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A surprising report takes the pulse of American attitudes toward government-guaranteed health coverage


Few public opinion polls have taken America’s temperature on whether government-guaranteed health insurance, as a principle, is a worthy government endeavor. A new survey by the Public Religion Research Institute (PRRI, a research arm of the Broookings Institution, did that.

The authors found that many Democratic-leaning groups outside the party’s core are ambivalent about government’s role. Top-of-mind:

o Government-guaranteed health insurance is supported by the Democratic Party’s core constituencies: 70 percent of liberals, 62 percent of Blacks, and 55 percent of the religiously unaffiliated feel at least somewhat strongly that government should guarantee health insurance for all citizens.

o But when asked if they have a very or somewhat favorable or very or somewhat unfavorable opinion of the 2010 health reform bill: 56 percent of 18 to 29 year olds, 52 percent of women, 62 percent of independents, and 53 percent of moderates have a very or somewhat unfavorable opinion of the bill.  Strong minorities of Hispanics (42 percent) and post-graduates (41 percent) share this view.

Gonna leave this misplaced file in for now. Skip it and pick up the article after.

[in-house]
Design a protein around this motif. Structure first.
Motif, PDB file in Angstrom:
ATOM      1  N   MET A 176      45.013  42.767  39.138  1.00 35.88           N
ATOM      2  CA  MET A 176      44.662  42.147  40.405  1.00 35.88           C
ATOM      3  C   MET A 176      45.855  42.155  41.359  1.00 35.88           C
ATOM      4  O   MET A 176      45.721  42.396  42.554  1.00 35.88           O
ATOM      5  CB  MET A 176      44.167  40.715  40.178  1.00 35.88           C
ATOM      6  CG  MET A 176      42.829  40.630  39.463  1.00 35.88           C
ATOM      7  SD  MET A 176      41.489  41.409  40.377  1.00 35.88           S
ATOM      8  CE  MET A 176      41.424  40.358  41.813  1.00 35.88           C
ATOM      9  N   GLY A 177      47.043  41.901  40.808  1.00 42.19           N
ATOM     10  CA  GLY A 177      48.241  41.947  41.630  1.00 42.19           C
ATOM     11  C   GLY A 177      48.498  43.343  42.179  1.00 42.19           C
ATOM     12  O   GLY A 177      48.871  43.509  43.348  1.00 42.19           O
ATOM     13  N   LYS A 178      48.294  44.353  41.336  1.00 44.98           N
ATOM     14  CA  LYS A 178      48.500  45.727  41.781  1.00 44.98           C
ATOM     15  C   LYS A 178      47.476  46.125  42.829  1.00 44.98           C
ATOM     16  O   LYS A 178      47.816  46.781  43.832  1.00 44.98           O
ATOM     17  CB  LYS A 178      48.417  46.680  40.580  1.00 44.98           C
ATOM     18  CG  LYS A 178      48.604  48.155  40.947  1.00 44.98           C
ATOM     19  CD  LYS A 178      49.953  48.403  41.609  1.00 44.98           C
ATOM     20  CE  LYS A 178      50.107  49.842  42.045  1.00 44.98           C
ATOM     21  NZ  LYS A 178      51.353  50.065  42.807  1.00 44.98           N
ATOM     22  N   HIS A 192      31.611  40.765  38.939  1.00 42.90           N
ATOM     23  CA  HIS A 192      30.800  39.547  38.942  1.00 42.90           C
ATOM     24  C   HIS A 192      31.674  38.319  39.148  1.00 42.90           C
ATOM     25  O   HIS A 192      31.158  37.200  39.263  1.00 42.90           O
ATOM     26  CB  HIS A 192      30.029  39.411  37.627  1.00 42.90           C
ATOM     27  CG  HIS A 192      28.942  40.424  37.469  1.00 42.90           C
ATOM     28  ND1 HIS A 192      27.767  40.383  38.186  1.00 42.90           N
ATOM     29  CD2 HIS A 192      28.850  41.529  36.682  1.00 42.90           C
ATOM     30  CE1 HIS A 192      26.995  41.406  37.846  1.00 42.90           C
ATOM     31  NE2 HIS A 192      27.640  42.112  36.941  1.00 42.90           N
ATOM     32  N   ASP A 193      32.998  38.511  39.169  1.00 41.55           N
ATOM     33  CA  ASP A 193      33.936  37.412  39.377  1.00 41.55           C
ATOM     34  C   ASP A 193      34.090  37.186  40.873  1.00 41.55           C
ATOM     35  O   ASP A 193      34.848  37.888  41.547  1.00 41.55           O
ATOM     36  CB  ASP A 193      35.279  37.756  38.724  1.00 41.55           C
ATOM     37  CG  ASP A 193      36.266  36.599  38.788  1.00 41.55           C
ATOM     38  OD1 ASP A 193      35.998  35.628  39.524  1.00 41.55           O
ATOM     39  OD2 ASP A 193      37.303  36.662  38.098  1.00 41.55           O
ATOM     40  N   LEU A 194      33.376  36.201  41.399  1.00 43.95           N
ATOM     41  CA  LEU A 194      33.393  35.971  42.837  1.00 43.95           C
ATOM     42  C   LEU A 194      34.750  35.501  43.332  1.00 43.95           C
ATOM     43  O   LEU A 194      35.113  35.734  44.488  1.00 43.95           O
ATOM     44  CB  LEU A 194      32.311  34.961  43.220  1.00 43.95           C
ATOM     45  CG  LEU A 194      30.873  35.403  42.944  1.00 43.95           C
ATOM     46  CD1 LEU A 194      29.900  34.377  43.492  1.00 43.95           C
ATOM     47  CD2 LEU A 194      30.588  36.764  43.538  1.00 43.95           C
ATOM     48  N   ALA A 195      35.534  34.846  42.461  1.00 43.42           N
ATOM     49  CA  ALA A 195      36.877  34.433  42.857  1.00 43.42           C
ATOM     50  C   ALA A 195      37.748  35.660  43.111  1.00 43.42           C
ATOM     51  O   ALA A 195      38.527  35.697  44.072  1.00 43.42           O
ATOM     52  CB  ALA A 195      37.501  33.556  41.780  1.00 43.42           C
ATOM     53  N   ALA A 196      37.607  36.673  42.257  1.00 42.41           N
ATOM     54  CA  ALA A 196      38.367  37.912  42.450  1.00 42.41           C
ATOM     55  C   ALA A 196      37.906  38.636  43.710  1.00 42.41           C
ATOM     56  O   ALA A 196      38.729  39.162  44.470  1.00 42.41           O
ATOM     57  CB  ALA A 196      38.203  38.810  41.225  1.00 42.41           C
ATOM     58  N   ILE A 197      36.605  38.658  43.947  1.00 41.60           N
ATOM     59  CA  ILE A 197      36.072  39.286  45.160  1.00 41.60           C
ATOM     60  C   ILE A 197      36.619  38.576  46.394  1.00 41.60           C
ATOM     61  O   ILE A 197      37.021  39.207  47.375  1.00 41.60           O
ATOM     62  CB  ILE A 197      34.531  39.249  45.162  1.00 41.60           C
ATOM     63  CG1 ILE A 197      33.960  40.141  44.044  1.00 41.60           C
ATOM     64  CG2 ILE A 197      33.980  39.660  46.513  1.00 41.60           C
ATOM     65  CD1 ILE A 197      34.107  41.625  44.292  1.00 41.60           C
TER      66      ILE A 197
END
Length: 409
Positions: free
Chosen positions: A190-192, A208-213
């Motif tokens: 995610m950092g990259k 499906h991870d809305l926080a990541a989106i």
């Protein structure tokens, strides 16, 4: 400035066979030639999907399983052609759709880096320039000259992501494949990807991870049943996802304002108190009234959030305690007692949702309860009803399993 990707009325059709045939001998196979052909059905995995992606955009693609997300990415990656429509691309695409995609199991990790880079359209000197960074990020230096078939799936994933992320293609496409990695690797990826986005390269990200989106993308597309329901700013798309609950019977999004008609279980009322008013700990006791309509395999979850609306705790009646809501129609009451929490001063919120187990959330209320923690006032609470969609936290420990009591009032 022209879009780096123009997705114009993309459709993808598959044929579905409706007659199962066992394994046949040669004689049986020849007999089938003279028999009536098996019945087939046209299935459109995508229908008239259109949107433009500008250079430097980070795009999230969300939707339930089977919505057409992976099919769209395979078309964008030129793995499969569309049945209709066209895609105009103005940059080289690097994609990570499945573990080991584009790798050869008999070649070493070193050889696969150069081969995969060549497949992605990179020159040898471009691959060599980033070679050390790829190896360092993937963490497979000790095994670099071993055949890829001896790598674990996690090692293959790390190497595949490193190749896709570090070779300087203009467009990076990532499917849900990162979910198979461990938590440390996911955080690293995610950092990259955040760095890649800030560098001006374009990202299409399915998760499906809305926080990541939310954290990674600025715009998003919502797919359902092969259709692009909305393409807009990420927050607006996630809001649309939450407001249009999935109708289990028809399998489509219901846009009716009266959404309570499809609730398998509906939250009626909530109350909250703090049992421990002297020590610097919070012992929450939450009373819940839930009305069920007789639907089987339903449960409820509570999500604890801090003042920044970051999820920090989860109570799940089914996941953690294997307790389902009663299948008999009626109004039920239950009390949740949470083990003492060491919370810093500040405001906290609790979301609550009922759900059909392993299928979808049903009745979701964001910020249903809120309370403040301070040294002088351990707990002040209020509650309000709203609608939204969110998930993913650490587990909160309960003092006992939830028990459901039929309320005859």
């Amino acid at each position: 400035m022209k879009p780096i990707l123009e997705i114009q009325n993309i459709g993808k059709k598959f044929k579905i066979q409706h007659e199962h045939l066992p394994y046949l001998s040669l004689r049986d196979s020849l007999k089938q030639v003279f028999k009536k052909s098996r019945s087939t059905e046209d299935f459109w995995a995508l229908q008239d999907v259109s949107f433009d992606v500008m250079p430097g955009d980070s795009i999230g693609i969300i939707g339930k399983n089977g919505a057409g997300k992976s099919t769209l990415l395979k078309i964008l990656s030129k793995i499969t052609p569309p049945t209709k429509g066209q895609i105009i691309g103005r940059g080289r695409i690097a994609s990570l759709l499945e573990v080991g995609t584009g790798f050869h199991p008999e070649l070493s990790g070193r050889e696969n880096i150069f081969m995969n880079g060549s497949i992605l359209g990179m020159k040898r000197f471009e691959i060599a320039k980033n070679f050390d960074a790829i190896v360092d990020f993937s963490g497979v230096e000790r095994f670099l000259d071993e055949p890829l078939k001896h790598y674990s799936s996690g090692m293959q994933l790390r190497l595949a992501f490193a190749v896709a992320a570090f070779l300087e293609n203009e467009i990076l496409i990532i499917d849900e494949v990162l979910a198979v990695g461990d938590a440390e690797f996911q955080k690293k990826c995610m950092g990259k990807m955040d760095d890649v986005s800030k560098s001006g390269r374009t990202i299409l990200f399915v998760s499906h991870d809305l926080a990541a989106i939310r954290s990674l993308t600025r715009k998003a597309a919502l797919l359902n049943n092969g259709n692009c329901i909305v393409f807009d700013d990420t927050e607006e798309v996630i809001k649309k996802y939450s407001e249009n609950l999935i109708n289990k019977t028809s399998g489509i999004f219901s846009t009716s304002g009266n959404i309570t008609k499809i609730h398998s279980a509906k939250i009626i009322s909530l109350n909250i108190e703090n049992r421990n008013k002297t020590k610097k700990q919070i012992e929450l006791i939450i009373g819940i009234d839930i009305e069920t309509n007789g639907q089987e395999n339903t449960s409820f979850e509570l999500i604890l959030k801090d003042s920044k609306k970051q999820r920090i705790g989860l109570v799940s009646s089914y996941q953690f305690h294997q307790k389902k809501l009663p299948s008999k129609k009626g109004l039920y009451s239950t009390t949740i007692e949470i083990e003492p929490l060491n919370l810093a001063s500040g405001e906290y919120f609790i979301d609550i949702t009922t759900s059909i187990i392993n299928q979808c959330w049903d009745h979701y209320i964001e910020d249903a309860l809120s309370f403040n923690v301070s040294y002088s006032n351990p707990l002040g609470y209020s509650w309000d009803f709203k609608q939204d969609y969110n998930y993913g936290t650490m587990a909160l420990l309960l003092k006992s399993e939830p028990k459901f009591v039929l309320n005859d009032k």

o Only 41 percent of women and 35 percent of independents endorse the principal of government-guaranteed healthcare, while 34 percent of women and 29 percent of independents think individuals should be responsible for their own coverage.

o An additional 23 percent of women and 25 percent of independents do not feel strongly either way. Only about half of Hispanics and those with post-graduate degrees (49 percent) support the notion of government-guaranteed health insurance, though of the 49 percent of Hispanics who favor a government role, 30 percent felt very strongly this way

See an interactive view of the research findings here



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